Melbourne Writers Festival: A conversation with John Boyne

John Boyne, famed author of The Boy in the Striped Pyjamas, came down to Melbourne for the writer’s festival to discuss his experience and success in writing historical fiction for children and adults.

Describing himself as “the only Irish writer who doesn’t write about Ireland,” John Boyne graciously thanked the crowd for attending the session before sitting down with Pam McIntyre to discuss how he got to be the critically acclaimed author of novels such as The Boy in the Striped Pyjamas.

After completing an English degree in Dublin, Boyne begun to do what he’s always wanted to do – write. But, as most young writers can probably relate, this was not such an easy feat to accomplish.

“When I was younger, in my early 20s, I had started writing novels and, like most people at that age, I was writing very much about myself and the things that were going on in my life – all of which I thought were very interesting,” Boyne said. “But nothing was going on in my life! I was living a very boring and quiet little life in Dublin and was trying to heighten that in some way. It wasn’t taking me anywhere in fiction. I wasn’t doing what all writers should do, which is to use their imagination.”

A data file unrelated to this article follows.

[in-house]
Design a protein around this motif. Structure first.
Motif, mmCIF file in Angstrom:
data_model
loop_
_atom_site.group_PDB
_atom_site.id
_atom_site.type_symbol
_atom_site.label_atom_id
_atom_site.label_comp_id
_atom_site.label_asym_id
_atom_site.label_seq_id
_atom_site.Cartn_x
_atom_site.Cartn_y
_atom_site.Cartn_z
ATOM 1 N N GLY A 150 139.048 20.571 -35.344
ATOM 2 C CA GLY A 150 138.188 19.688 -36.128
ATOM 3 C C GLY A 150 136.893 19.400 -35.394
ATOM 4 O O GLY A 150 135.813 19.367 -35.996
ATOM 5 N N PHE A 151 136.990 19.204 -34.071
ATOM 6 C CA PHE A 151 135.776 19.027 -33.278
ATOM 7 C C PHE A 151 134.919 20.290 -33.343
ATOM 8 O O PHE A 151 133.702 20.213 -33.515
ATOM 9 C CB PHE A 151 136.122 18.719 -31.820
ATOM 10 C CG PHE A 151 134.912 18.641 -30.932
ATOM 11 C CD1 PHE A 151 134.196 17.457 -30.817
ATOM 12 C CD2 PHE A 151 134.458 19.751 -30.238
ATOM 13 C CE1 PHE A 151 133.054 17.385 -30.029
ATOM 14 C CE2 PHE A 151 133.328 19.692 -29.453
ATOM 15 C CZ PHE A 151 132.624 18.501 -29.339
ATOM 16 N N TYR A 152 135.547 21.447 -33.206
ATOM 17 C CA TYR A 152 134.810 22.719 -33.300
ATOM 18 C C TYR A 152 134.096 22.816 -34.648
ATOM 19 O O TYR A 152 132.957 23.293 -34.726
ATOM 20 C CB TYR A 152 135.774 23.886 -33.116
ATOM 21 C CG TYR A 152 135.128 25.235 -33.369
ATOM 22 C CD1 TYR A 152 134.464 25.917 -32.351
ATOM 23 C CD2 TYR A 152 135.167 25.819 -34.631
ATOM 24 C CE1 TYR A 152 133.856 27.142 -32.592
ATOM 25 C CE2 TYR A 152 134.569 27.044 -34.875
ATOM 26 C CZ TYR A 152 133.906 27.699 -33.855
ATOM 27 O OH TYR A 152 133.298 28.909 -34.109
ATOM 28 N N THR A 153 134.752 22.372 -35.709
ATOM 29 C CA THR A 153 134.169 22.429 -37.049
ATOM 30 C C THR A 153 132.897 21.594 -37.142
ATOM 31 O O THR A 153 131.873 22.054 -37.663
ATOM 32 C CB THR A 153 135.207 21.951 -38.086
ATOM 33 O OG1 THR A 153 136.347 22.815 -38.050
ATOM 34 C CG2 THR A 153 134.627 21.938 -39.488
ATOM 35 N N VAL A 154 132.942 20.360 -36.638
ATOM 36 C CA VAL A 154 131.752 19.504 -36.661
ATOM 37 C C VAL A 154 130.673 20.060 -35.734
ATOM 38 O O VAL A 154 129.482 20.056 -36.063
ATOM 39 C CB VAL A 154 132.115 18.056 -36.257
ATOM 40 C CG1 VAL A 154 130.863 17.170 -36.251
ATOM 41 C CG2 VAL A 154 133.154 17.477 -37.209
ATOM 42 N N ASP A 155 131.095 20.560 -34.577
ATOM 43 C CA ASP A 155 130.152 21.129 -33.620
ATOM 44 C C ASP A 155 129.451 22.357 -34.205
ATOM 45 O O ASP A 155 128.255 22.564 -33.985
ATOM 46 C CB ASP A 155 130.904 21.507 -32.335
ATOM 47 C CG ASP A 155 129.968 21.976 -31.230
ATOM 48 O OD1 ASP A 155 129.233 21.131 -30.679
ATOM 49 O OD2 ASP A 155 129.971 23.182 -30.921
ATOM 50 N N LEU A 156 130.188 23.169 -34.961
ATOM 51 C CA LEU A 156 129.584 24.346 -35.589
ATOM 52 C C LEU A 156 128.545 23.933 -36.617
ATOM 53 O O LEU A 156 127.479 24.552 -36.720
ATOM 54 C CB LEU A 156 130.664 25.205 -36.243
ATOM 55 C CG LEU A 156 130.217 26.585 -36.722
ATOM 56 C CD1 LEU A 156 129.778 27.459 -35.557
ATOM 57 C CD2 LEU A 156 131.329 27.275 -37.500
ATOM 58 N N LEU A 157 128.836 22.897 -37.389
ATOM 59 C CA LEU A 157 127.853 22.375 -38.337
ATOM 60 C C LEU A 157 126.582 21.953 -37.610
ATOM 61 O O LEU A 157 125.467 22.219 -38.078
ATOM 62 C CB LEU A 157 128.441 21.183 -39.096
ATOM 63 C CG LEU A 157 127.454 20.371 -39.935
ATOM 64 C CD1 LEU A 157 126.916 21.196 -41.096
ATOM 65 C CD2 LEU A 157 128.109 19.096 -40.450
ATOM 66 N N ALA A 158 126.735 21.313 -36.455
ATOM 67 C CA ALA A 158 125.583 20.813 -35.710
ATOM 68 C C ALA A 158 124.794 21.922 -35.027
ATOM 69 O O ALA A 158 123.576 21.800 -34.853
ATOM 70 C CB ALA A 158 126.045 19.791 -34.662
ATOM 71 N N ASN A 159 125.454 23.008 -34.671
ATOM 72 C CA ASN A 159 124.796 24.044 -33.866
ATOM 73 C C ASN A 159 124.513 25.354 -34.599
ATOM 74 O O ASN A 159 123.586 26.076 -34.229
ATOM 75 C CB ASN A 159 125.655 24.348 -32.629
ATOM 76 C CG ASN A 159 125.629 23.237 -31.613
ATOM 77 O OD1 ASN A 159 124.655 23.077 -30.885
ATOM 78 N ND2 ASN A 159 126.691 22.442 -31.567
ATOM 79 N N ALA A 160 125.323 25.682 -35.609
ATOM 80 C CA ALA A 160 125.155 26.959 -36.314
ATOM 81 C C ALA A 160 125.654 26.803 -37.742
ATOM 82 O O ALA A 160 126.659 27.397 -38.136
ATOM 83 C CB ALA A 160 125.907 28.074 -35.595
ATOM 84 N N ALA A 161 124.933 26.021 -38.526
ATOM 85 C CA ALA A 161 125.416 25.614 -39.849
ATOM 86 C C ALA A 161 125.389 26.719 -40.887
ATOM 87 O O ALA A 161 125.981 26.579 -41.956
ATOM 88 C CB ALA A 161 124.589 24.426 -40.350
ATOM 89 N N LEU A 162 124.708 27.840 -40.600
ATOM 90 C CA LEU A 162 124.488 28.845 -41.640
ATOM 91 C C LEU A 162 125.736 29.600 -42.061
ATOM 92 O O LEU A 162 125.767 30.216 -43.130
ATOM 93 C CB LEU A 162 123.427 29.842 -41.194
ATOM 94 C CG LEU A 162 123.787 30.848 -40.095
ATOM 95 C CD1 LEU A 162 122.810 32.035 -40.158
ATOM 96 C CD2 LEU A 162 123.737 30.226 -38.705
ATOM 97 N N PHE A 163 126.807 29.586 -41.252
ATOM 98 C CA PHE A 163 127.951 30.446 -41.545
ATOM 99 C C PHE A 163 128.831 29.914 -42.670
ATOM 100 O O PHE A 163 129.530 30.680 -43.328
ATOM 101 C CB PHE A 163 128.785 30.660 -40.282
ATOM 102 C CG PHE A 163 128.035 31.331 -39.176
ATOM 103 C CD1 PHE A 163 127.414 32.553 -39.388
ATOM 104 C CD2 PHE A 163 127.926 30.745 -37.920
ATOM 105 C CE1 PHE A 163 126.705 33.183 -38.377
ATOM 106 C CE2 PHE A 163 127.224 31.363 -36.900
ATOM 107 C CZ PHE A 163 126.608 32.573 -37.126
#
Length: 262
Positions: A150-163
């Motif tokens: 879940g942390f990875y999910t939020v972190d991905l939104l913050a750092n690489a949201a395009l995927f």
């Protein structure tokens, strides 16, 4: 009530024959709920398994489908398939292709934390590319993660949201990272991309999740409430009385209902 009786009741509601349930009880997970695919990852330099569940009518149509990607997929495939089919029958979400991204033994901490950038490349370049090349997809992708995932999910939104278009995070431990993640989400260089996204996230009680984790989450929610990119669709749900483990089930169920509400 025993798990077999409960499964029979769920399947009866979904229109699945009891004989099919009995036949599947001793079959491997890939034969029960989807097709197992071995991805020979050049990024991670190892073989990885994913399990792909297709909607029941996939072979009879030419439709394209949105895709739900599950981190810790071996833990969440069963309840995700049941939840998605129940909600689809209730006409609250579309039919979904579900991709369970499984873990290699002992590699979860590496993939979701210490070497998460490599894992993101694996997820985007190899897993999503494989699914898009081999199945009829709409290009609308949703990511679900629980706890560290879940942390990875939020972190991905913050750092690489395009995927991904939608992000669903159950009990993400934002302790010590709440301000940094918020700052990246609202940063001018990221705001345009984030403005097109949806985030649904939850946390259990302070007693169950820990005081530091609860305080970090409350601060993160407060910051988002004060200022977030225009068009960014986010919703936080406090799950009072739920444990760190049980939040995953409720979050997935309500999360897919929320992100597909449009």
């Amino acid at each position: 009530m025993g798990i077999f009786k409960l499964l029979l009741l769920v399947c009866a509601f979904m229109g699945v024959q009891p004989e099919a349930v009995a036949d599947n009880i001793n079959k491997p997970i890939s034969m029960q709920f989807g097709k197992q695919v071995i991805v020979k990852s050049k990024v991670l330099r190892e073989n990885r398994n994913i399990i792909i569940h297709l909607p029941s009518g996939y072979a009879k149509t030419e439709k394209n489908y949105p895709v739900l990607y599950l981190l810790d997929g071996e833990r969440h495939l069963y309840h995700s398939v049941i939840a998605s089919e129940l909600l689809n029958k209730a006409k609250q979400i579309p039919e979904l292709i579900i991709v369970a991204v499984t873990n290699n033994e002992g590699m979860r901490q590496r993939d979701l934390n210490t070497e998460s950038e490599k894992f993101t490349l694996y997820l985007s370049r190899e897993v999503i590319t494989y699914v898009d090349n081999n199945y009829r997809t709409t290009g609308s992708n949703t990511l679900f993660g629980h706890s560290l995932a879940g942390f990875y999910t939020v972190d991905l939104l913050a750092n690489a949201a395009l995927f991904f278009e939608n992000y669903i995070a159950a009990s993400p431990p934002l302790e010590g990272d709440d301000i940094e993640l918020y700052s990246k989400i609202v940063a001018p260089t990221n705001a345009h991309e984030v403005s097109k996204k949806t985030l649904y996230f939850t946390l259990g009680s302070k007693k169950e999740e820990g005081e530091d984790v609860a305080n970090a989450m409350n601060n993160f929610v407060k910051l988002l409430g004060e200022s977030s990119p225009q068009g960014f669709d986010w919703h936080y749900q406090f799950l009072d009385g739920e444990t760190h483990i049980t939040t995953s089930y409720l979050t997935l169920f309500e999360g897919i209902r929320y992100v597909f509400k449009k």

Thankfully, Boyne persevered through the rejections of his first two novels, and decided to “try something completely different.” That was when he decided to write The Thief of Time, a novel spanning two and a half centuries which became his first published novel.

A few years later, Boyne found himself writing a children’s book for the very first time, although he doesn’t like to think of it like that.

“Nowadays we think of adults books and children’s books but these are publishing terms and these are bookshop terms,” he said. “When Robert Louis Stevenson was writing Treasure Island I don’t believe he thought in those terms. Nowadays, people do because that’s the way we’re trained to think and I think my children’s books can be read my adults and my adults books can be read by young people, and I don’t really care who reads them.”

This ‘children’s book,’ The Boy in the Striped Pyjamas, went on to become the most successful book Boyne has ever written. Funnily enough, the troubled story behind its publication suggests that publishers don’t always know best.

“I gave it to my agent and the children’s agent at that agency read it first, and got back to me and said that she’d been representing children’s books her whole adult life, and in all that time she said that this was, without question, the worst book she’d ever read,” he said.

Boyne’s newest novel for adults is The Absolutist, a First World War novel with a thrilling twist. His most recently published book for children, is The Terrible Thing That Happened to Barnaby Brocket.


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